The tic-tac-toe solution space

In this visualization, we examine what Herbert Simon might call the “solution space” for tic-tac-toe, a compound visualization of all its solutions—every legal game move and the connections between them—in a single artifact.

Design for manufacture involves finding an optimal point in a solution space—or at least a point that “satisfices.” Design for interaction involves defining a range within a solution space.

Most of us have played tic-tac-toe. It's a deceptively simple game. Two players claim unique symbols (X or O) before alternating turns in placing their symbol in an empty cell within a 3-by-3 grid. The first player to place 3 of their symbols in a row, either cardinally or diagonally, wins.

End conditions are clear; either a player wins, or the game is a draw. The myriad ways of getting there are what makes the game fun. But what does the solution to tic-tac-toe look like? Drawing a single winning combination does not do justice to the complexity of the game.

Instead, imagine a map of all possible paths from blank board to finished game. We might call this the “solution space” for tic-tac-toe, where each path is but one way to navigate through the space.

For the first move, there are 9 cells available. For the second, there are 8, and so on. Follow to completion, and we get 9×8×7×6×5×4×3×2×1 or 9! boards for the final level. For each level n of gameplay, there are 9!/(9-n)! boards in total. By adding the level totals together, we get an “upper bound” of 986,410 boards—far too many to represent meaningfully.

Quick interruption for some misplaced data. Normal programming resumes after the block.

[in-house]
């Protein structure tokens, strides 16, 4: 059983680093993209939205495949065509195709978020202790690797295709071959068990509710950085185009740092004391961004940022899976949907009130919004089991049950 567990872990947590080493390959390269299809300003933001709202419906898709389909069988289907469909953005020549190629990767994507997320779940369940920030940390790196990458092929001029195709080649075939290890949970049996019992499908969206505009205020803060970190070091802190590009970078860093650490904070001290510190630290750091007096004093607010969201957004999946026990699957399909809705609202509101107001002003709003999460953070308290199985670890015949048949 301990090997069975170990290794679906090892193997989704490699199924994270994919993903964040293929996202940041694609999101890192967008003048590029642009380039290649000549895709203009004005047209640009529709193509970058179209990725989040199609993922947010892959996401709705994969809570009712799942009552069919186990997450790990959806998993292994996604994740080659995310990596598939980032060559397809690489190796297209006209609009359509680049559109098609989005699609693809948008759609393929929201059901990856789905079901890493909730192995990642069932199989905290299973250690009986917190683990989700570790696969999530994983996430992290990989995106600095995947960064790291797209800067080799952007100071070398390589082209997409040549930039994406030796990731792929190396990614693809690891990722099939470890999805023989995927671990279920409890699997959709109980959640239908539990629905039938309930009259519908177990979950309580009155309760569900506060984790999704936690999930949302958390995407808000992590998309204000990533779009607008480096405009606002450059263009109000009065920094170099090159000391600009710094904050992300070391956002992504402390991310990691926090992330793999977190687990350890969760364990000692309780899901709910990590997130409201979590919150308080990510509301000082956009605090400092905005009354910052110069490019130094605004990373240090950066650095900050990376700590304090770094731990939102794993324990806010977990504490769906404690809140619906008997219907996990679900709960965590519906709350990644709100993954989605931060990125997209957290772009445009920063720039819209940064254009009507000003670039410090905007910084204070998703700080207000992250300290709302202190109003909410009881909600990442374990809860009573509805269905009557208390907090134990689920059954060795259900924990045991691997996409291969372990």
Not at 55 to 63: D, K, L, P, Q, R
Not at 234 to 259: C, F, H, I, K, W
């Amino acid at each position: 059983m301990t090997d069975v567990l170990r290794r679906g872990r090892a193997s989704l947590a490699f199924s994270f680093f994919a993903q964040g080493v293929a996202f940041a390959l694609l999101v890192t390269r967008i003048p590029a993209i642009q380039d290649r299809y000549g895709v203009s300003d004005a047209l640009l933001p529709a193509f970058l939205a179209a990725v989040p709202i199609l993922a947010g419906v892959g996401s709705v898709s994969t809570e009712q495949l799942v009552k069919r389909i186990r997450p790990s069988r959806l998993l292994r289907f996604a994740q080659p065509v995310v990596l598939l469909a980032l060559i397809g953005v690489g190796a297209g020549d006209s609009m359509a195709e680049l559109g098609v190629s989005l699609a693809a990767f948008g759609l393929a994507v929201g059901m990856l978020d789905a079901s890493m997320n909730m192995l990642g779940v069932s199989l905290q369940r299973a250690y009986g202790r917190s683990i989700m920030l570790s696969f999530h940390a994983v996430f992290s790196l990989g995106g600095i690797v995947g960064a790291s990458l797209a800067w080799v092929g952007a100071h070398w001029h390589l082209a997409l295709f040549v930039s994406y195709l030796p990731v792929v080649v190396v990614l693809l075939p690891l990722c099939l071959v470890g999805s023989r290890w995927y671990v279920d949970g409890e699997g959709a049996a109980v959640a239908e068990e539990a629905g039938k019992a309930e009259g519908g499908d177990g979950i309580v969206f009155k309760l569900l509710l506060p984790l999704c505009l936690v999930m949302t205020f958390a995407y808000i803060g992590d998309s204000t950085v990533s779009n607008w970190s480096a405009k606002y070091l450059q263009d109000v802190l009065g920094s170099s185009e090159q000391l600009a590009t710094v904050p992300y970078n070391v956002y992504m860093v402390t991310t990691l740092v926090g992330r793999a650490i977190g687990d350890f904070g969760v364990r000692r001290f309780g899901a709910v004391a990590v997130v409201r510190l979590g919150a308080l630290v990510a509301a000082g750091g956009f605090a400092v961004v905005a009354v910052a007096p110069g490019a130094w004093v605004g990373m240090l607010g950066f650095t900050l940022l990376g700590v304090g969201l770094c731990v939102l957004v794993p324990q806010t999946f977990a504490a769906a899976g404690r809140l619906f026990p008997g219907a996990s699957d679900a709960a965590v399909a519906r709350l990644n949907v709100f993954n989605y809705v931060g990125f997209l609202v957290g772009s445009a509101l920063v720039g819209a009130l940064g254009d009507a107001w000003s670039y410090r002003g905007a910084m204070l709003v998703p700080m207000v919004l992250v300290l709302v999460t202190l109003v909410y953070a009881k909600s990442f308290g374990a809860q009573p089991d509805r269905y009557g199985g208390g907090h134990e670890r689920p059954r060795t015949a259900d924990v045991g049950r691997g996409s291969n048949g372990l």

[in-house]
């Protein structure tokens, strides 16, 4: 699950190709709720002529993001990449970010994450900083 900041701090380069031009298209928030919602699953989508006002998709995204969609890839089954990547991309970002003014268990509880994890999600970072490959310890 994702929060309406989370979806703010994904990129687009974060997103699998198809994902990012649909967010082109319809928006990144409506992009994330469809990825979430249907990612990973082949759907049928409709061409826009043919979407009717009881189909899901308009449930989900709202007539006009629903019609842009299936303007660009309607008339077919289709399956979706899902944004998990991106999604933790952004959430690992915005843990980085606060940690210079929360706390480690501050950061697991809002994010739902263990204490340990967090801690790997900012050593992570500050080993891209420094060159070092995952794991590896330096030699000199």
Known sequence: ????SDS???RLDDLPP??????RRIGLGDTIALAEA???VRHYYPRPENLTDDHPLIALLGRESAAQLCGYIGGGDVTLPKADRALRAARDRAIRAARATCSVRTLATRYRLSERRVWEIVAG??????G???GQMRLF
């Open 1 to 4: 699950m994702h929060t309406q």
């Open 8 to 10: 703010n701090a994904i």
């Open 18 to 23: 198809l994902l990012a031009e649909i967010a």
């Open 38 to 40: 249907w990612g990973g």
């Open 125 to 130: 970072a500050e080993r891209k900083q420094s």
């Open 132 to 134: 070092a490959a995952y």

For the visualization to be meaningful, the number of boards must be reduced. We do this by introducing 3 rules; (1) removing duplicate boards reduces the count to 6,046, (2) removing illegal moves (play after a win) reduces the count to 5,478, and (3) by removing symmetric duplicates (rotational and reflectional) we are left with 765 unique boards. This poster displays them all in a matrix.

A board does not exist in isolation but is part of a larger sequence of gameplay. Below each board is a list of coordinates (positions in the matrix)—its parents and children, the boards that precede and succeed it. Parents are listed before the bullet point, while children are afterward.

As rules are introduced to restrict the size of the solution space, some filtering is required. Filtering can occur either during the generation, in a “filter-as-you-go” approach, or afterward. Our algorithm filters during generation by using two ordered lists, a processing queue, and a final collection for storing game boards. To begin, we seed the processing queue with a blank board.

While there are boards left in the processing queue, pull the first board a from the queue to generate candidate boards for the next move. Compare each candidate board against both the processing queue and the final collection to determine its uniqueness.

If a candidate board is unique, add it to the back of the processing queue so subsequent boards can be generated. If a candidate board already exists, flag the existing board based on its similarity to the candidate before discarding the candidate. The associated flag is what gives the boards their coloring. After generating, testing, and processing the candidates stemming from board a, move it to the collection.


  • Design: Marina Menéndez-Pidal and Knut Synstad
  • Creative direction: Hugh Dubberly
  • Algorithms: Knut Synstad

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